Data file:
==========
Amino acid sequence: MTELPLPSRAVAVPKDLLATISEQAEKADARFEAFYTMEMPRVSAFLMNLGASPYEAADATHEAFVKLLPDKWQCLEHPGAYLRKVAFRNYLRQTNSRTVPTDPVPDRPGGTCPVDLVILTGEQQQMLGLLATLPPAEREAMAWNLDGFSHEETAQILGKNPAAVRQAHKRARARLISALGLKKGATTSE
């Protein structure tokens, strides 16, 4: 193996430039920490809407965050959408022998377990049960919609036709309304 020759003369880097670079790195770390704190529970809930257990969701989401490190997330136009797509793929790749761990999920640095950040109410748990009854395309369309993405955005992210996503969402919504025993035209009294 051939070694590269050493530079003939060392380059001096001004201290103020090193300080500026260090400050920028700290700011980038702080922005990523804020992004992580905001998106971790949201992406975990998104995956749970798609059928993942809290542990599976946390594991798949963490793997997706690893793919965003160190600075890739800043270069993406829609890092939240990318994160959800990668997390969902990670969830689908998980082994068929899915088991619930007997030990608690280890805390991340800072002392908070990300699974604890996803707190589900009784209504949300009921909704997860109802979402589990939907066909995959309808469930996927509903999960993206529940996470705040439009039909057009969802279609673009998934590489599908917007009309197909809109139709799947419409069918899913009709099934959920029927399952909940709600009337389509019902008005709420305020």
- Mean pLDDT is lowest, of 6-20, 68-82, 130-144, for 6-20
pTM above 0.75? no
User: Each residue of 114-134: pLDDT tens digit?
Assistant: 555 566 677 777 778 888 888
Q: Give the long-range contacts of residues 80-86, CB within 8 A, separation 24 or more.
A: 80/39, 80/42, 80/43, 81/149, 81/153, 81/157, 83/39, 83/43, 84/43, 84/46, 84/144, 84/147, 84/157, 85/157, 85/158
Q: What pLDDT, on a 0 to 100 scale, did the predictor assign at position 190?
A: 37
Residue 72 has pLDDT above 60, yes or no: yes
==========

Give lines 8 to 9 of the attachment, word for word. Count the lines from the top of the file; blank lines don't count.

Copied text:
A: 80/39, 80/42, 80/43, 81/149, 81/153, 81/157, 83/39, 83/43, 84/43, 84/46, 84/144, 84/147, 84/157, 85/157, 85/158
Q: What pLDDT, on a 0 to 100 scale, did the predictor assign at position 190?